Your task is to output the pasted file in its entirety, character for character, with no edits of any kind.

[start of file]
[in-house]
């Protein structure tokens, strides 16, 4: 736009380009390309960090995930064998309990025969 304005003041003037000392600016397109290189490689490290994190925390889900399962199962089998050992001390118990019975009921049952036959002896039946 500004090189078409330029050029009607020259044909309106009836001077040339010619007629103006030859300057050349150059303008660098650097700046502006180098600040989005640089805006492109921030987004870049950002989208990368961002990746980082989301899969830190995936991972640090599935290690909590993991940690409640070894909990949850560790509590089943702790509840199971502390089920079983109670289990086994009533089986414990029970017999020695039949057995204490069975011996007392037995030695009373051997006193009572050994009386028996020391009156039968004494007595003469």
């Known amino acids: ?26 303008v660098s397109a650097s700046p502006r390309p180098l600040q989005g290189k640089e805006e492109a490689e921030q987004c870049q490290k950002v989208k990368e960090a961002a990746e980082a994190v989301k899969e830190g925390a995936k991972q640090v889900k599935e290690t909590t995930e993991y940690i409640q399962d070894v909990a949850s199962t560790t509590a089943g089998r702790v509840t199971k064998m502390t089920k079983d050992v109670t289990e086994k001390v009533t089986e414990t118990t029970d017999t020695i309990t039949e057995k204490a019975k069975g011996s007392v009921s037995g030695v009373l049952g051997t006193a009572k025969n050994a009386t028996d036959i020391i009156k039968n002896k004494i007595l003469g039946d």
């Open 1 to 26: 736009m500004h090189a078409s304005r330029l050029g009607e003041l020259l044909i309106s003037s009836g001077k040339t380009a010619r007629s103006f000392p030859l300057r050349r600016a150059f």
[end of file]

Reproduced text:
[in-house]
């Protein structure tokens, strides 16, 4: 736009380009390309960090995930064998309990025969 304005003041003037000392600016397109290189490689490290994190925390889900399962199962089998050992001390118990019975009921049952036959002896039946 500004090189078409330029050029009607020259044909309106009836001077040339010619007629103006030859300057050349150059303008660098650097700046502006180098600040989005640089805006492109921030987004870049950002989208990368961002990746980082989301899969830190995936991972640090599935290690909590993991940690409640070894909990949850560790509590089943702790509840199971502390089920079983109670289990086994009533089986414990029970017999020695039949057995204490069975011996007392037995030695009373051997006193009572050994009386028996020391009156039968004494007595003469």
């Known amino acids: ?26 303008v660098s397109a650097s700046p502006r390309p180098l600040q989005g290189k640089e805006e492109a490689e921030q987004c870049q490290k950002v989208k990368e960090a961002a990746e980082a994190v989301k899969e830190g925390a995936k991972q640090v889900k599935e290690t909590t995930e993991y940690i409640q399962d070894v909990a949850s199962t560790t509590a089943g089998r702790v509840t199971k064998m502390t089920k079983d050992v109670t289990e086994k001390v009533t089986e414990t118990t029970d017999t020695i309990t039949e057995k204490a019975k069975g011996s007392v009921s037995g030695v009373l049952g051997t006193a009572k025969n050994a009386t028996d036959i020391i009156k039968n002896k004494i007595l003469g039946d």
């Open 1 to 26: 736009m500004h090189a078409s304005r330029l050029g009607e003041l020259l044909i309106s003037s009836g001077k040339t380009a010619r007629s103006f000392p030859l300057r050349r600016a150059f």